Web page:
as the death of a child within the first year of life,10 accounts for an estimated 5.75 million deaths worldwide, or 42 infant deaths per 1000 live births.11 The United Nations Millennium Development Goals call for a reduction by two-thirds of the mortality rate of children under the age of 5 years by the year 2015;5 however, it excludes an explicit goal for infant mortality. Preventive efforts must be directed at preterm delivery and low birthweight, which are the main precursors of infant mortality.12 Moreover, racial/ethnic disparities in infant mortality highlight the need to consider more distal factors, such as secondary effects of low socio-economic status, suboptimal social support, and unhealthy neighborhoods.13 Just as the first year of life can be a precarious time period for many infants, pregnancy following a fetal loss can

ª 2011 The Authors BJOG An International Journal of Obstetrics and Gynaecology ª 2011 RCOG

1

August et al.

carry with it a heightened risk for subsequent adverse events, such as preterm delivery,14,15 low birthweight,16 and stillbirth recurrence.17–19 A related association that has largely gone unexamined to date is the subsequent risk of stillbirth after the death of a previous infant. Despite the relatively frequent occurrence of both stillbirth and infant mortality in the USA, little is known regarding the association between the two. A recent study conducted in one US county attempted to examine the association between previous infant death and subsequent fetal mortality, but had an insufficient sample size.20 To address this gap in the literature, we used a population-based data set to examine the association between infant mortality and stillbirth during a subsequent pregnancy. Furthermore, we investigated whether racial disparities exist within this association.

Methods We used the Missouri maternally linked cohort data files for the period 1989–2005 (inclusive), with a total population of 1 035 547 births. This data set links siblings to their biological mothers using unique identifiers. The methods and algorithm used in linking birth certificate data with sibling relationships and the process of validation have been described in detail previously.21 The Missouri vital record system is a reliable record system that has been adopted as the gold standard to validate US national data sets that involve matching and linking procedures.22 The Missouri maternally linked cohort data set contains information on both live births and fetal deaths for each sibling, and provides a platform for a longitudinal study of birth outcomes for each pregnancy. The main exposure of interest in the present study was infant mortality (defined as the death of the infant within the period from day 0 to 364) associated with the first pregnancy. We also considered neonatal death (death of a newborn within the first 28 days of life) and post-neonatal death (death of the infant within the period from day 29 to 364). Our primary outcome was stillbirth (in utero fetal death occurring after at least 20 weeks of gestation) associated with the second pregnancy. As our objective was to examine the association between infant mortality and stillbirth in the first and second pregnancies, respectively, we selected two consecutive births from the same mother with a gestational age range of 20–44 weeks. After applying further exclusion criteria (Figure 1), we retained a total of 640 700 births (320 350 from each pregnancy) for this analysis. We compared mothers with previous infant death versus those who had infants who survived their first year with respect to the following maternal characteristics at the time of the second delivery: race, age, marital status, educational level, cigarette smoking during pregnancy, body mass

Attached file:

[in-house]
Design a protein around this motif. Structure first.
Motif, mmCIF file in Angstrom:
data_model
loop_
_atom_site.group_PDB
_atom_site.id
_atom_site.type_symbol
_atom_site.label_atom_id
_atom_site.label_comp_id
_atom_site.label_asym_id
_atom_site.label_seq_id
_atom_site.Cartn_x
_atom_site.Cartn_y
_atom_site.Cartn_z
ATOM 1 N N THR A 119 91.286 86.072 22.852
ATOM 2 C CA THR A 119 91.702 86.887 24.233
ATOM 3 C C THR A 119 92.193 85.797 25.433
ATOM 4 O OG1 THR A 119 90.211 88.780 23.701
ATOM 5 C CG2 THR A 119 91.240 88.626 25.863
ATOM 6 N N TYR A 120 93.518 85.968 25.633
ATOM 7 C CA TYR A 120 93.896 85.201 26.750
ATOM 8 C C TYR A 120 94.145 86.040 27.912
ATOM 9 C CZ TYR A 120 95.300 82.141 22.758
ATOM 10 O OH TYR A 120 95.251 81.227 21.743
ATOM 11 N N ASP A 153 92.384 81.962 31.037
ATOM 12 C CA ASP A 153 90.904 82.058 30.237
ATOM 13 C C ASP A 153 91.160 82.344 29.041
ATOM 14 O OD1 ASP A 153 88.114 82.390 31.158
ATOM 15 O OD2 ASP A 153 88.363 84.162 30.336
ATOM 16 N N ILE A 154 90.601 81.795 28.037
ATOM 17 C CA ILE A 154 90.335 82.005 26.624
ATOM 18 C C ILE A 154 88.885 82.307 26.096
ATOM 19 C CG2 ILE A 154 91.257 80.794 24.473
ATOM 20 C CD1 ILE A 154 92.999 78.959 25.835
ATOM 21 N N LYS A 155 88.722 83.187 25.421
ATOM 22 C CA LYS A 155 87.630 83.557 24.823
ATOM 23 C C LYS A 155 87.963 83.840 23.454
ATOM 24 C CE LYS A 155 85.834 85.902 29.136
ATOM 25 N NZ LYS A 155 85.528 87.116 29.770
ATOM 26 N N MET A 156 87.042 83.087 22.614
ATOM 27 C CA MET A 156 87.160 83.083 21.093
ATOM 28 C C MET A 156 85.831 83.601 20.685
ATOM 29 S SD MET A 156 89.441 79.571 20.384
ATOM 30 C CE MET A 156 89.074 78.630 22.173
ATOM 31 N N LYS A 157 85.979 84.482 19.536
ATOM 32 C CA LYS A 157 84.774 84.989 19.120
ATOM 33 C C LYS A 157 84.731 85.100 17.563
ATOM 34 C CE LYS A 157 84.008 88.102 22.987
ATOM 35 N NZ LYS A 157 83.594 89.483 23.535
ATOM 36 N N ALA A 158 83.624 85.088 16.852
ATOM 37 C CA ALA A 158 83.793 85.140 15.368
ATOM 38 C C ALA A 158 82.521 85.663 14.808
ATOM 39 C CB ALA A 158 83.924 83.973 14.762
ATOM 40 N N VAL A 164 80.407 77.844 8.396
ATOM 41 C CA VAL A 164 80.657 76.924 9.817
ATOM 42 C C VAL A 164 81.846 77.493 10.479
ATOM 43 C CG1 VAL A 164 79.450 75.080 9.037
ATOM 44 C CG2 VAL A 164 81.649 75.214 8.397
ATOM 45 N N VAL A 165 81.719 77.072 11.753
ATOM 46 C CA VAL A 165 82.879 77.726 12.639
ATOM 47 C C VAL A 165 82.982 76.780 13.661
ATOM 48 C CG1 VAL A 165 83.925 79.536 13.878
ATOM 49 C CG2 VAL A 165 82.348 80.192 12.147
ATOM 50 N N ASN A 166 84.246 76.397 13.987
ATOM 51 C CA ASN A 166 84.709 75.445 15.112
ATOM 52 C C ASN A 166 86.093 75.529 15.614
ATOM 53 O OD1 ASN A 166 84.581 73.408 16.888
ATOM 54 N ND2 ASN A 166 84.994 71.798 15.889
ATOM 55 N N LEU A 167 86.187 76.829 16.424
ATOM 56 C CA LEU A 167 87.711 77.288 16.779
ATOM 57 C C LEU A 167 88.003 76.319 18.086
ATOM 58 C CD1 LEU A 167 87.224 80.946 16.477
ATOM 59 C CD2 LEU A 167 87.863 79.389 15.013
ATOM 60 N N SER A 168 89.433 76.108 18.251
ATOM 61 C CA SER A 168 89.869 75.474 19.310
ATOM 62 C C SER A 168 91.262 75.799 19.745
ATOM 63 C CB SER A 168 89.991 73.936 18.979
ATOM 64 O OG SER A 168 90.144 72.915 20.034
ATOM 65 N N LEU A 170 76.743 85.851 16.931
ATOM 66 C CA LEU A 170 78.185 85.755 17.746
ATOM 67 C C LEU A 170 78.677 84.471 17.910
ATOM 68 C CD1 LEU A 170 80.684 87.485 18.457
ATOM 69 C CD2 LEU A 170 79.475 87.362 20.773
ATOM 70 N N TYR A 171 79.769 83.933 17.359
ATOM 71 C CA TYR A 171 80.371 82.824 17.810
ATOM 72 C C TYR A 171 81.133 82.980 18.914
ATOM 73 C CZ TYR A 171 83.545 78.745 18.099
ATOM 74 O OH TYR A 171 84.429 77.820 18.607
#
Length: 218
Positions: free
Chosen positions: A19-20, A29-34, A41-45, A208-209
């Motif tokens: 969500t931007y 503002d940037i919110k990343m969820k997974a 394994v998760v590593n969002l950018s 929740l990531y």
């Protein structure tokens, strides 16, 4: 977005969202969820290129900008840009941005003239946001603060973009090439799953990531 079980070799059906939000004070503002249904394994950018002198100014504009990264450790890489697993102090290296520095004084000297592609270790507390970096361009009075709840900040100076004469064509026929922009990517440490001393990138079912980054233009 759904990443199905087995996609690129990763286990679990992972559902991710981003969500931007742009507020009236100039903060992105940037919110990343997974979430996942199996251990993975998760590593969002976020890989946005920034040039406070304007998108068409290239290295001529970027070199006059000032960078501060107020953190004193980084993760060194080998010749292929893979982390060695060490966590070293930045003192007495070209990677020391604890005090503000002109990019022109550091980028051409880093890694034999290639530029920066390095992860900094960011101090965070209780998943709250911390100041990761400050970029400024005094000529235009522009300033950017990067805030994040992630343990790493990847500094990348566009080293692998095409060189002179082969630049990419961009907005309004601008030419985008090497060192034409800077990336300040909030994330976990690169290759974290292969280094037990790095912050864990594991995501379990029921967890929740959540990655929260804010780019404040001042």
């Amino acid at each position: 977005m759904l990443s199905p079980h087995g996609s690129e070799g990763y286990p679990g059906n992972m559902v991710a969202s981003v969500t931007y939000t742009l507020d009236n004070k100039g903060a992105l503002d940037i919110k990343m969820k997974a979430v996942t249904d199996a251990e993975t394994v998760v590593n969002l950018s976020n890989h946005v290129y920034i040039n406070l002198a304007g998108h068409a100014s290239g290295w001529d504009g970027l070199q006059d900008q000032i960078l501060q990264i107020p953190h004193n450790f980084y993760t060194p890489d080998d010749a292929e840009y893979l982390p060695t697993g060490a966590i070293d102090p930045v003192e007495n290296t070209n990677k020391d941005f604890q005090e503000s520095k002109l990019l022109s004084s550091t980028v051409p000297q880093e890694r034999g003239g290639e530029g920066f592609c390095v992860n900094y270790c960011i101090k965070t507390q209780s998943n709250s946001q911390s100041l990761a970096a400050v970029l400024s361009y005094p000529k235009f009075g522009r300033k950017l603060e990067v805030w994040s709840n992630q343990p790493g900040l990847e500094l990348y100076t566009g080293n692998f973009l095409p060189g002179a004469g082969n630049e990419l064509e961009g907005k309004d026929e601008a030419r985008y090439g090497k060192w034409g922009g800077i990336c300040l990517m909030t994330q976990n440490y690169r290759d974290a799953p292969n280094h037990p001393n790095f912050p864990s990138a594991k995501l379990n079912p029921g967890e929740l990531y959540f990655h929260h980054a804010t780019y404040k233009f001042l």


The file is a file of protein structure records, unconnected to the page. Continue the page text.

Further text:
2

index, interpregnancy interval, and adequacy of prenatal care. Maternal race was grouped into three categories: white, black, and other. Maternal age was dichotomized as women who were of advanced age (i.e. 35 years old or older) or were younger than 35 years old at the time of the second delivery. Maternal marital status was grouped as either married or unmarried, with all women who were single, divorced, or widowed being classified as unmarried. Maternal educational level was categorized as women with at least a high school diploma or its equivalent (‡12 years of education) and those without a high school diploma ( 44 weeks [47 477 (4.6%)] = 778 441

Eliminate multiple gestations [41 191 (4.0%)] = 825 918

Eliminate cases with no siblings [130 781(12.6%)] = 647 660

Eliminate cases that are not sibling pairs [2 177 (0.21%) = 645 483

Eliminate cases with fetal death in the second pregnancy [1 940 (0.19%)] = 643 543

Eliminate cases with stillbirth in the first pregnancy [1 568 (0.15%)] = 641 975

Eliminate cases with implausible interpregnancy interval (

Suggest Documents